Authenticating in Elm

I designed an API to connect Elm apps with back-end authentication. You can find it on the Elm package site as the-sett/elm-auth.

You can find an implementation of this API, against Amazon Cognito, also on the Elm package site as the-sett/elm-auth-aws

The Code to the Vault

Authentication can seem like a mysterious process, convoluted and leading to code that is hard to understand, supported by cryptic documentation with its own technical jargon. As application developers we are usually quite clear on what we need from it and where it will sit in our applications.

There needs to be a log in box into which the user enters their username and password in order to gain access to some protected resource.

The act of logging in is typically performed against an authentication server. An authentication server is a gateway to the protected resource and the gatekeepers are its authentication functions that decide whether a user is allowed in or not. In Elm IO operations are modelled as side-effects.

Once logged in, an authentication back-end may respond with some information about the user. At a minimum we might expect some unique identifier for the user and possibly also some indiciation of what access rights that user has.

The protected resource is the part of a system that is most interested in the access rights of your users. It must evaluate them to determine whether it should give access or not. A user interface running in a browser sits outside the firewall and cannot really be protected or fully trusted, since any attacker has access to its javascript code and can modify it and see all of its internal workings. That said, a user interface is usually also interested in knowing about the users access rights, in order to be helpful and only show the user actions that they will be able to succesfully perform given the access rights that they hold.

In addition to logging in we might also want our users to be able to log out explicitly. This does not always need to be done as typically the proof of authentication will expire on a timer anyway. For applications with greater security concerns such as online banking, the ability to log out can help give users more peace of mind.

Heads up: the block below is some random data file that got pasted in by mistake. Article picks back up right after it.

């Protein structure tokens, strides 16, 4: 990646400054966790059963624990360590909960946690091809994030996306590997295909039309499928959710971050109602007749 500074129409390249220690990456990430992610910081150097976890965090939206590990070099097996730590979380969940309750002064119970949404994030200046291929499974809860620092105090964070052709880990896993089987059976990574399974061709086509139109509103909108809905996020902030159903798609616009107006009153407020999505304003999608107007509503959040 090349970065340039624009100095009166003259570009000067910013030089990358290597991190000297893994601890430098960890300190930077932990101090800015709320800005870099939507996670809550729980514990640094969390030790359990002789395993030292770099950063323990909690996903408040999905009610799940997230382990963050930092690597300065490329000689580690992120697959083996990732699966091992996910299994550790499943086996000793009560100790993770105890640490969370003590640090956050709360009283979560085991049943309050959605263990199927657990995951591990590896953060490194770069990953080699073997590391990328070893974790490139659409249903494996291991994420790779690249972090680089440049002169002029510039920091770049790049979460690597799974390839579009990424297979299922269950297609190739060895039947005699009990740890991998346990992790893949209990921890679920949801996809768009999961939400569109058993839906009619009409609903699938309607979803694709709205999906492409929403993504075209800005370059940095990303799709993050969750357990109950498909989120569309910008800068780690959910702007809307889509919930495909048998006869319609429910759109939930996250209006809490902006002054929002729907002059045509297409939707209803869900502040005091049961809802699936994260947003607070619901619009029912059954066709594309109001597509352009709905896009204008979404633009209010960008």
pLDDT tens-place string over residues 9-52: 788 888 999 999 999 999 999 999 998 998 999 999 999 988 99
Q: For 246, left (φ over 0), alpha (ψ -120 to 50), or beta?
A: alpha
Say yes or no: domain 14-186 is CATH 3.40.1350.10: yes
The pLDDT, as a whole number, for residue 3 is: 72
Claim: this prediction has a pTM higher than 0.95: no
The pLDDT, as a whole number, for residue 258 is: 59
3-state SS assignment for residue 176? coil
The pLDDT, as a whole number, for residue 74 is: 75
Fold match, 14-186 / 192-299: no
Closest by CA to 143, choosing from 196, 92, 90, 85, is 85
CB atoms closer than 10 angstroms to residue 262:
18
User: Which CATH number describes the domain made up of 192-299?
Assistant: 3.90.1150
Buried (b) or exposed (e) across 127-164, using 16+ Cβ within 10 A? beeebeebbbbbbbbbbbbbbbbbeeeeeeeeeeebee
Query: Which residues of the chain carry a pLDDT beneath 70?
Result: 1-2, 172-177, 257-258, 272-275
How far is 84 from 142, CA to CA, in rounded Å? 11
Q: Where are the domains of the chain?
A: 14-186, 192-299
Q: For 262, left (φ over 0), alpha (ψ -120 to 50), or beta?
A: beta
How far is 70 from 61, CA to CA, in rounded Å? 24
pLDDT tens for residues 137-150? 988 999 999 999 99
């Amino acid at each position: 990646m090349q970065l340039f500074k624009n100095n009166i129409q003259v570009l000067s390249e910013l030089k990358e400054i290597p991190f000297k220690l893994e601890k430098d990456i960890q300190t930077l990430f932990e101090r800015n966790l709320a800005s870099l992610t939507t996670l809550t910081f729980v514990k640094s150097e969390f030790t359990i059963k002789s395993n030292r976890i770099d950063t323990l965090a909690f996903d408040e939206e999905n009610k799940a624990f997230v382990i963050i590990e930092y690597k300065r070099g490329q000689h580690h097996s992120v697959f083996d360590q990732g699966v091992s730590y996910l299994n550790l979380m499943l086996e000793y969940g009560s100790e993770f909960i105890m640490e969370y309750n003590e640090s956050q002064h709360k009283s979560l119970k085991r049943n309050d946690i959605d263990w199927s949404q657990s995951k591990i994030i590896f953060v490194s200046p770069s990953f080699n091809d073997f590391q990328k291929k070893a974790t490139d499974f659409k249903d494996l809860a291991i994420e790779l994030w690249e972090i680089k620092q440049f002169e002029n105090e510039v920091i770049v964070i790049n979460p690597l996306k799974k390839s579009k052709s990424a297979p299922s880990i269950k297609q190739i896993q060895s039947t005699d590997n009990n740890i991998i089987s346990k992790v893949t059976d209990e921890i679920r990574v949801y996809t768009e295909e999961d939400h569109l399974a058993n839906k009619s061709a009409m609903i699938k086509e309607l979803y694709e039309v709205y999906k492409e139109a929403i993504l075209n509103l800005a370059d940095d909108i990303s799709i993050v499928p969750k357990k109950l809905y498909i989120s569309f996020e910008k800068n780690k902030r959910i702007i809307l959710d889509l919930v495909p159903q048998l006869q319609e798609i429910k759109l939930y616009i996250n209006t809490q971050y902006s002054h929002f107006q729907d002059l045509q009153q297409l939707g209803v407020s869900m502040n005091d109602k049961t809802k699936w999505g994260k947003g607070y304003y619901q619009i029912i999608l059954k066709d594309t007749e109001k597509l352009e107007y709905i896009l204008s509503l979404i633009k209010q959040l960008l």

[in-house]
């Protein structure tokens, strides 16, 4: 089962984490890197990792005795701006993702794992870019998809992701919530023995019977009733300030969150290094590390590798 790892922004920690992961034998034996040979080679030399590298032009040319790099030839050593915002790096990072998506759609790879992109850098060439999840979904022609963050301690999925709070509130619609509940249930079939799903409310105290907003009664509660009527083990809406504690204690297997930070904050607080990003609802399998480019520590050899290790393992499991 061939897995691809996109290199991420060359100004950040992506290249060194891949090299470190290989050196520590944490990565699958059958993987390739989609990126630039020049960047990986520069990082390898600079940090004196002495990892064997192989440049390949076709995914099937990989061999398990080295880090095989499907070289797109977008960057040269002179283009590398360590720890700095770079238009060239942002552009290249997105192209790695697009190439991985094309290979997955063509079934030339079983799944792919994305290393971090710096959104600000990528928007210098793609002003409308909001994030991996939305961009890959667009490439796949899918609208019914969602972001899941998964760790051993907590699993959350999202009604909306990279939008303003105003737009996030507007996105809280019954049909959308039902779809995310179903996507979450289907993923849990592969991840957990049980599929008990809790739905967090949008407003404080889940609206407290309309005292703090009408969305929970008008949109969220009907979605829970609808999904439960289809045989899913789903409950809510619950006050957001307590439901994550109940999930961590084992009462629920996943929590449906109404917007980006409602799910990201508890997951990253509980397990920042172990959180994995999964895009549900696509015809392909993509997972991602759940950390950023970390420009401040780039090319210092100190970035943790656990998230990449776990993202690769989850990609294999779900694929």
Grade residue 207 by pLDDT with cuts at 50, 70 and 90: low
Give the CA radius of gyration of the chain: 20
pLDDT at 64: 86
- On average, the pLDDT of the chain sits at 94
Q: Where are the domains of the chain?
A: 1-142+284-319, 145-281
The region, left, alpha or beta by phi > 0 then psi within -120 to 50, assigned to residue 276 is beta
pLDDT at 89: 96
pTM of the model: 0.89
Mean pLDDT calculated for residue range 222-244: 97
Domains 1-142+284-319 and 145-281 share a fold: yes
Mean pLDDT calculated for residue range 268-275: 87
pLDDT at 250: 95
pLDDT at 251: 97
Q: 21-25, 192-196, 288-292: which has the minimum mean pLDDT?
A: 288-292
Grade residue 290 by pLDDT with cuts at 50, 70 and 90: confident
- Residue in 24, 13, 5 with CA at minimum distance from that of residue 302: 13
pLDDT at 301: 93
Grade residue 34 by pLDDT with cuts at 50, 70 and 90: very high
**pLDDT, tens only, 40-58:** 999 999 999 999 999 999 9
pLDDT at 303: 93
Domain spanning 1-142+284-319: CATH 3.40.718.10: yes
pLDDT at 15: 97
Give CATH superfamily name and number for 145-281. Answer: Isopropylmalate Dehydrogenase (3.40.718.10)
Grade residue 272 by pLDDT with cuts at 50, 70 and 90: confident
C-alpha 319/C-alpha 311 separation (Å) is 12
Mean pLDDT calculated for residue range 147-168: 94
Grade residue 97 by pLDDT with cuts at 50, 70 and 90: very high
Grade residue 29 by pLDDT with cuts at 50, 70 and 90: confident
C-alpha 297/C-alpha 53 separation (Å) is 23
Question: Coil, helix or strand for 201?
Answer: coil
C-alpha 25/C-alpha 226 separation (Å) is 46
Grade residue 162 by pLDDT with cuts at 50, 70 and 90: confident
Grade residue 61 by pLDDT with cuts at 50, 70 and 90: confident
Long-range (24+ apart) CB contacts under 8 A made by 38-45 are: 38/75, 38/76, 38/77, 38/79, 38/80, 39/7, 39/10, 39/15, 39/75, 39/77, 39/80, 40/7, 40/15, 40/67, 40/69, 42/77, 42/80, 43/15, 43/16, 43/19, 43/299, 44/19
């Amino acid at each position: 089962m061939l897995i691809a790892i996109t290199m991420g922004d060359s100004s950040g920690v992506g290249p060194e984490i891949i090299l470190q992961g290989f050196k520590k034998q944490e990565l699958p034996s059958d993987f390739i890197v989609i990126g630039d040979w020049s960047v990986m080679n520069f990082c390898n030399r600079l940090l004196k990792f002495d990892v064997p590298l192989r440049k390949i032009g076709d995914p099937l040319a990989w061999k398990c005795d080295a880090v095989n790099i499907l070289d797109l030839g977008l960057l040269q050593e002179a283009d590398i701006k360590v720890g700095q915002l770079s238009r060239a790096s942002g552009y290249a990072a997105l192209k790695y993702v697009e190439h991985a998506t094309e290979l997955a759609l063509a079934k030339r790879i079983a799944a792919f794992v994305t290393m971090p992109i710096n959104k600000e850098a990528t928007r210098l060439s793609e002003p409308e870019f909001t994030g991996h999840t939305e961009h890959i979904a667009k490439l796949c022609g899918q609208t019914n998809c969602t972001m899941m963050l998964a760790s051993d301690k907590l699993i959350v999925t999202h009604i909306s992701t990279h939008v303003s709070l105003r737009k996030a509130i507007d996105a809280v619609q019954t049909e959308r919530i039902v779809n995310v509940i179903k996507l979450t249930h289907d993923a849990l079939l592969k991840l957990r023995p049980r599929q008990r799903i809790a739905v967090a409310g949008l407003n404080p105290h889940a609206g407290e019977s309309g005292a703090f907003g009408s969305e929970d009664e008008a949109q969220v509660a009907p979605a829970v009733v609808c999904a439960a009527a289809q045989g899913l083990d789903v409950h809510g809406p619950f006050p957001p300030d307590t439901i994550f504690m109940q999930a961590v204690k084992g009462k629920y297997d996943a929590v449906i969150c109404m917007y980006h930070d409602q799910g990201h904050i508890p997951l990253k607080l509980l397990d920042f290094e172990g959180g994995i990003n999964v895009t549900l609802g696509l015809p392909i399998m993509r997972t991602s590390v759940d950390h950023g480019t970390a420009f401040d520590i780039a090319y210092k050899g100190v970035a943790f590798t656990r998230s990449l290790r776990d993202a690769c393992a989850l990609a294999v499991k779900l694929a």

The application might try to access some protected resource and fail because the user does not hold a valid proof of authentication or access rights. In web applications these conditions will typically be signalled with an HTTP 401 or 403 response code. When that happens we might also like to tell our authentication module that it is unauthenticated and should be reset. Some application frameworks will do this part automatically, by intercepting HTTP calls behind the scenes. We generally eschew such magic in Elm and prefer to be explicit.

The log out and unauthenticated actions are very similar, but there may be an important difference. When doing an explicit log out there can be a message to the authentication server to ask to invalidate the current proof of authentication. The unauthenticated action simply resets the state machine without interacting with the authentication server at all.

There is one other behaviour that a user interface is interested in, and that is when an attempt to authenticate fails. In that case the user interface will typically tell the user that they were rejected and possibly invite them to try again.

What does this look like in Elm?

There are three possible states that your application can be in and they are LoggedOut, LoggedIn and Failed. The LoggedOut state is always going to be the initial state that an application starts in. I also described a minimal set of fields that an application can expect to know about when logged in - the user id, called a subject and the users access rights, called scopes.

type Status
    = LoggedOut
    | LoggedIn
        { subject : String
        , scopes : List String
    | Failed

Interacting with an authentication server is going to be modelled as side-effects in Elm, and that the possible actions are to log in, log out, and to tell the authentication module that its view of the world is wrong and the user is actually unauthenticated. Lets see what those side-effects look like:

login : Credentials -> Cmd Msg
logout : Cmd Msg
unauthed : Cmd Msg